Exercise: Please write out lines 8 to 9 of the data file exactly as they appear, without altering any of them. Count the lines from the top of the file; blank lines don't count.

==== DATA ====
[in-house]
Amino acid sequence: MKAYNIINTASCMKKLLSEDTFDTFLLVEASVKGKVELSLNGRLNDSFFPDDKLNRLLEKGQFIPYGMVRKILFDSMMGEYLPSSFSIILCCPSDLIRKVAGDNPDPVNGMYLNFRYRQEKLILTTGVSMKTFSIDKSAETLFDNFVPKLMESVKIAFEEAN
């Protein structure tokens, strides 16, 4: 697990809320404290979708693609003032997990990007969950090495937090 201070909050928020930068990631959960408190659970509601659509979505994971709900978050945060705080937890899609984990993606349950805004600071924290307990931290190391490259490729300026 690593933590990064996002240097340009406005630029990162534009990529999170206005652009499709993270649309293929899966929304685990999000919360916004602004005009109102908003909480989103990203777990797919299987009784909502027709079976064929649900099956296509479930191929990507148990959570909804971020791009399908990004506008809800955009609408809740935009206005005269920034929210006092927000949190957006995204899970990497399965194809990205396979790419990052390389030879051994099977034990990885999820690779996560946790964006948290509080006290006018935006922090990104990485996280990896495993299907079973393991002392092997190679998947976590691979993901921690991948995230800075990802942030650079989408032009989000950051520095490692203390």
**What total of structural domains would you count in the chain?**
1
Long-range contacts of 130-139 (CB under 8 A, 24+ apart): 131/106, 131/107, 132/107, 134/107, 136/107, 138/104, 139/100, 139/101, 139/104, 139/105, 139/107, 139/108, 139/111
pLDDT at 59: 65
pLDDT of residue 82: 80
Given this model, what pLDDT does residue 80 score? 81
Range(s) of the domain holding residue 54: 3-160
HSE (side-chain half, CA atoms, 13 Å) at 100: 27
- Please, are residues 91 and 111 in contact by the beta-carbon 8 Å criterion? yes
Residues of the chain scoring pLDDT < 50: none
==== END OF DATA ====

pLDDT of residue 82: 80
Given this model, what pLDDT does residue 80 score? 81